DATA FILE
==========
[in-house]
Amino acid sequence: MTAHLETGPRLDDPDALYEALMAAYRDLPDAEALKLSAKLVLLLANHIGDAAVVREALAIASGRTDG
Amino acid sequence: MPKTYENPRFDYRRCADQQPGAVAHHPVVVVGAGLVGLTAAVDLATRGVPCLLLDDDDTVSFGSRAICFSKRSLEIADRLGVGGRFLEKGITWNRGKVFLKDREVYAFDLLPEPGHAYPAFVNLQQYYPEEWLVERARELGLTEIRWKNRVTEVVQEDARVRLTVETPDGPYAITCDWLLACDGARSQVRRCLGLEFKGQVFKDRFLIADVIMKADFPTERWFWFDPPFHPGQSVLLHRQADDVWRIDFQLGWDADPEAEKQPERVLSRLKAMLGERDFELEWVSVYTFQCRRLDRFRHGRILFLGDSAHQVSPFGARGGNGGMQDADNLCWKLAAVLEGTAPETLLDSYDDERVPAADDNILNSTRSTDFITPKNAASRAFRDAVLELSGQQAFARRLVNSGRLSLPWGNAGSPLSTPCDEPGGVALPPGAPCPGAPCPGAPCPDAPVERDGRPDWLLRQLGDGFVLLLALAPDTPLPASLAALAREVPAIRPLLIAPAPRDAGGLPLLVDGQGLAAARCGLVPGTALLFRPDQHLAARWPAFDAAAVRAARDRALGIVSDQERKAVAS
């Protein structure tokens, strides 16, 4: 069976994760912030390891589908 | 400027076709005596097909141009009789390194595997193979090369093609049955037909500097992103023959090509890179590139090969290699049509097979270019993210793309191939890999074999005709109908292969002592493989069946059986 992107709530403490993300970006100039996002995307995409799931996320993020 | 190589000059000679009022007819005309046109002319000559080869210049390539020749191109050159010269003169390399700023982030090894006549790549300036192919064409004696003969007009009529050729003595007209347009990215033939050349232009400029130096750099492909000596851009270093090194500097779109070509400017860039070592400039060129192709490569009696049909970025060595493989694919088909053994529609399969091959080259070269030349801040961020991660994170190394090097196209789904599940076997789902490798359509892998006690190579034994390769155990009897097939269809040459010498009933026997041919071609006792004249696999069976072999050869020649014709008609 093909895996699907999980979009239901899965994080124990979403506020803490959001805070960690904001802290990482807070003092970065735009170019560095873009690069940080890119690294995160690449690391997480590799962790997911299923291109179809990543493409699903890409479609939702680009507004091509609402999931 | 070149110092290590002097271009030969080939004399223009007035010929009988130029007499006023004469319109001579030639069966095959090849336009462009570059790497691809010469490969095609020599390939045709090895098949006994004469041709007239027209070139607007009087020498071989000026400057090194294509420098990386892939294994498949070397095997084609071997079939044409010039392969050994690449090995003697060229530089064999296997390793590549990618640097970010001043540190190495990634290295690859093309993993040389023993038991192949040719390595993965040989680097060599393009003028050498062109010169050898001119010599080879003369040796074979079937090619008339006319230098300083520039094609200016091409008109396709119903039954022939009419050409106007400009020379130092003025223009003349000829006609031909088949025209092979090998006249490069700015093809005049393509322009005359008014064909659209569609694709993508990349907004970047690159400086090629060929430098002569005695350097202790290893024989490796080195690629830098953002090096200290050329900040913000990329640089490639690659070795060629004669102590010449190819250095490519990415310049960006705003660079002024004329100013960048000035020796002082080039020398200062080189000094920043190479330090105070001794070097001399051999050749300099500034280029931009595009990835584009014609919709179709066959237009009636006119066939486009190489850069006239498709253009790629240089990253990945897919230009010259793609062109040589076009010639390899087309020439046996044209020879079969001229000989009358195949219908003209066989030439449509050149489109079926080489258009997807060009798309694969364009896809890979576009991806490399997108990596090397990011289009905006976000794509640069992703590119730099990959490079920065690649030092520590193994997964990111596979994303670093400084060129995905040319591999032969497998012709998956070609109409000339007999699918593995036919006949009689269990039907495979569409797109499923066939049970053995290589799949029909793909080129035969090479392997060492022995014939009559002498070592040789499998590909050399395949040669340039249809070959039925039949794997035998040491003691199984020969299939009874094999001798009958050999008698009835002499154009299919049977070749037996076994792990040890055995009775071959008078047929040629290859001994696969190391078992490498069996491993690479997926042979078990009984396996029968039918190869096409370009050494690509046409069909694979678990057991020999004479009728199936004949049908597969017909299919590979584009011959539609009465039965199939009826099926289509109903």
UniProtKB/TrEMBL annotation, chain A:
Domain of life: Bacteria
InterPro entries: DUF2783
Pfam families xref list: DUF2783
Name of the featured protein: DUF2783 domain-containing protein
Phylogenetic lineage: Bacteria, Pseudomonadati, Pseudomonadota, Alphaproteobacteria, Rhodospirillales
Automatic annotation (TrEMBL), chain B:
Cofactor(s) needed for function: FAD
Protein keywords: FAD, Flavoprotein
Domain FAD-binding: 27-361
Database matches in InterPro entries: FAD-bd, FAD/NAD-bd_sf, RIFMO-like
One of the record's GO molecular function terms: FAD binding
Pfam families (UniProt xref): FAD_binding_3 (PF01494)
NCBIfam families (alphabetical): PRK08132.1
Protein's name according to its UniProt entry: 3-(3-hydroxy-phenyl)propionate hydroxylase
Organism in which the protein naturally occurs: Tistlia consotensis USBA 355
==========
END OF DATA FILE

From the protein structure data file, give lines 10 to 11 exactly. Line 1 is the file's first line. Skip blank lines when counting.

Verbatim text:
Phylogenetic lineage: Bacteria, Pseudomonadati, Pseudomonadota, Alphaproteobacteria, Rhodospirillales
Automatic annotation (TrEMBL), chain B: